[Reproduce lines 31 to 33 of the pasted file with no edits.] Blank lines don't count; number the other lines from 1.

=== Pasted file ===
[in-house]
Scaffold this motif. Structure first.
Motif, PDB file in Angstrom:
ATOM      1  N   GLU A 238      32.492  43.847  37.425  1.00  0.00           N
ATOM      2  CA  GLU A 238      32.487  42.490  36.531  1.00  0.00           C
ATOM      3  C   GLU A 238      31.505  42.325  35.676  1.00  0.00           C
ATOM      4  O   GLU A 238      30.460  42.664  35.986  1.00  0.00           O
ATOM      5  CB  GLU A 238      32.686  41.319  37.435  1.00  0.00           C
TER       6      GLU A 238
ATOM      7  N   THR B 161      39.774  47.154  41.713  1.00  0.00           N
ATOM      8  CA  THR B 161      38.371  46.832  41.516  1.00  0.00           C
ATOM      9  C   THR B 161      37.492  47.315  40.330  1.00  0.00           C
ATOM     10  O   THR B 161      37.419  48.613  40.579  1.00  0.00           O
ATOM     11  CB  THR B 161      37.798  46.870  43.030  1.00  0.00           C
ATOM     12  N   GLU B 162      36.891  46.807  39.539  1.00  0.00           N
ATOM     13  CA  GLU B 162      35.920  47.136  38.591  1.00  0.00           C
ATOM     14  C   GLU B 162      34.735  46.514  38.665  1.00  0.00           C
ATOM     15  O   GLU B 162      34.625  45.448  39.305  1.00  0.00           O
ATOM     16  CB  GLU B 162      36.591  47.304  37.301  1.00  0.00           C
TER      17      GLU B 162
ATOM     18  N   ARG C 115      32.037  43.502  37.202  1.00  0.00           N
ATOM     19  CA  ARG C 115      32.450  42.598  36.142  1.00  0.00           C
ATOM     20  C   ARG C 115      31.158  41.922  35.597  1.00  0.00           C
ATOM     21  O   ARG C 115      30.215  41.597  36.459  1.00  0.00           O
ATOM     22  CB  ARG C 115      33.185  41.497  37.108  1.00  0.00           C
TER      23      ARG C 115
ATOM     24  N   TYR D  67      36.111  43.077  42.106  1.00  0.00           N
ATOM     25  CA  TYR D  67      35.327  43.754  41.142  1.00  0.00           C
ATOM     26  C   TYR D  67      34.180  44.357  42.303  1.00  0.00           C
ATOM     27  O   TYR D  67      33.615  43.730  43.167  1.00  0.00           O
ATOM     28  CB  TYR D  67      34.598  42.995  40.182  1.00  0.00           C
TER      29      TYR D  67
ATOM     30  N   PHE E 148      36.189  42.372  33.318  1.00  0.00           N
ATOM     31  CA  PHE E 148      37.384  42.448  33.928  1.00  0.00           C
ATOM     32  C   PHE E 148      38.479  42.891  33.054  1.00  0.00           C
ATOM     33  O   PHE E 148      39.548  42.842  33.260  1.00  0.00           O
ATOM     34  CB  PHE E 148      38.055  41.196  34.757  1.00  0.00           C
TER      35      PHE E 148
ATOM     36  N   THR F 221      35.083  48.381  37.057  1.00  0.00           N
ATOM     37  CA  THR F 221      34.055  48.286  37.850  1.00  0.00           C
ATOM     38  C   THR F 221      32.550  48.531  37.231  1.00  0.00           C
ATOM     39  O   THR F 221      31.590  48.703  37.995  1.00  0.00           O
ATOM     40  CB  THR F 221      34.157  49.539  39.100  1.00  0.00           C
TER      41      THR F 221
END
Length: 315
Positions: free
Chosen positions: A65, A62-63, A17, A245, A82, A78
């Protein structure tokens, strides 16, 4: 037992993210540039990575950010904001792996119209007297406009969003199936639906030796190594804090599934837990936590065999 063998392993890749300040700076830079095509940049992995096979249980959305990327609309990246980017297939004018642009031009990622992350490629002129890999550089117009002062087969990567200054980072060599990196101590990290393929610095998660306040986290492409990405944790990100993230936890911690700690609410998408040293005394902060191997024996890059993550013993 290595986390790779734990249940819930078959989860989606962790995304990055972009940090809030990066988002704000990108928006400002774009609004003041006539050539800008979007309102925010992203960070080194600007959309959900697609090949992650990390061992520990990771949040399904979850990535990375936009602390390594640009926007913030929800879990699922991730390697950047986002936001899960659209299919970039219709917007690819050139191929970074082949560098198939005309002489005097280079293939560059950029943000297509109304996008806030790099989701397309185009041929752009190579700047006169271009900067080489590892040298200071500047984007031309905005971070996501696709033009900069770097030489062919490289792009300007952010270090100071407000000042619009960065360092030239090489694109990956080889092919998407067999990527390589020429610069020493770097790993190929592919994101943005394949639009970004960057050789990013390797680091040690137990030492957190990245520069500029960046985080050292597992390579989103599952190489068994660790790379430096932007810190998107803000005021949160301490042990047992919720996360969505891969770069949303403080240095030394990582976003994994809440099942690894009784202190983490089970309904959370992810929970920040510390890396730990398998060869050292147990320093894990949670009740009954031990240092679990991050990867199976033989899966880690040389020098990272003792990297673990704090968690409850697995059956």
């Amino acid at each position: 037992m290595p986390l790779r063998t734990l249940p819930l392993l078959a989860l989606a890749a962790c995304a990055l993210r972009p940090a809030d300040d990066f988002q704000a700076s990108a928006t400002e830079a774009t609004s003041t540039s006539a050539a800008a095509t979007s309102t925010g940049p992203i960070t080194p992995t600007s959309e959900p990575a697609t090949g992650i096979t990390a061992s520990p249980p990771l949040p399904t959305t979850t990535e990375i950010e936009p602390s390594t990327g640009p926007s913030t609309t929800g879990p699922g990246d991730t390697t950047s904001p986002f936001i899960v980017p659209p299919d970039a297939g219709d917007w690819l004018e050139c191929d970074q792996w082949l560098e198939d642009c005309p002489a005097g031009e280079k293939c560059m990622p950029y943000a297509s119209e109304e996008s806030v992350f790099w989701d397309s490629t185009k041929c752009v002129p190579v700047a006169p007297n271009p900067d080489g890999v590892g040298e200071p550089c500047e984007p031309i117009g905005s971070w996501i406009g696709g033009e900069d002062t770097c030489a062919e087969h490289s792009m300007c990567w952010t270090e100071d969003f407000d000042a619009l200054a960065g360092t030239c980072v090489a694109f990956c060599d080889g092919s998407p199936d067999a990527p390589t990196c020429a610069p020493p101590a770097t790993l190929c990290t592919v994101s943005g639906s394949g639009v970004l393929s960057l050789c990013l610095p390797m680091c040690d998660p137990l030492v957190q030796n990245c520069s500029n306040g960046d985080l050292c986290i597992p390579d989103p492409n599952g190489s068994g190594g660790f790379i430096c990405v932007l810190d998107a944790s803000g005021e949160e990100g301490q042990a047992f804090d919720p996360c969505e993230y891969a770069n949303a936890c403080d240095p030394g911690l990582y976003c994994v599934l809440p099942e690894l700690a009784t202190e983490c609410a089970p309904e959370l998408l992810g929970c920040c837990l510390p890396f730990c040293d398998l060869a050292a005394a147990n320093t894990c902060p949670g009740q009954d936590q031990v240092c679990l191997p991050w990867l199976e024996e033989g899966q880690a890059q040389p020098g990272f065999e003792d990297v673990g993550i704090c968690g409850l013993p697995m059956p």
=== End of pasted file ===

ATOM     28  CB  TYR D  67      34.598  42.995  40.182  1.00  0.00           C
TER      29      TYR D  67
ATOM     30  N   PHE E 148      36.189  42.372  33.318  1.00  0.00           N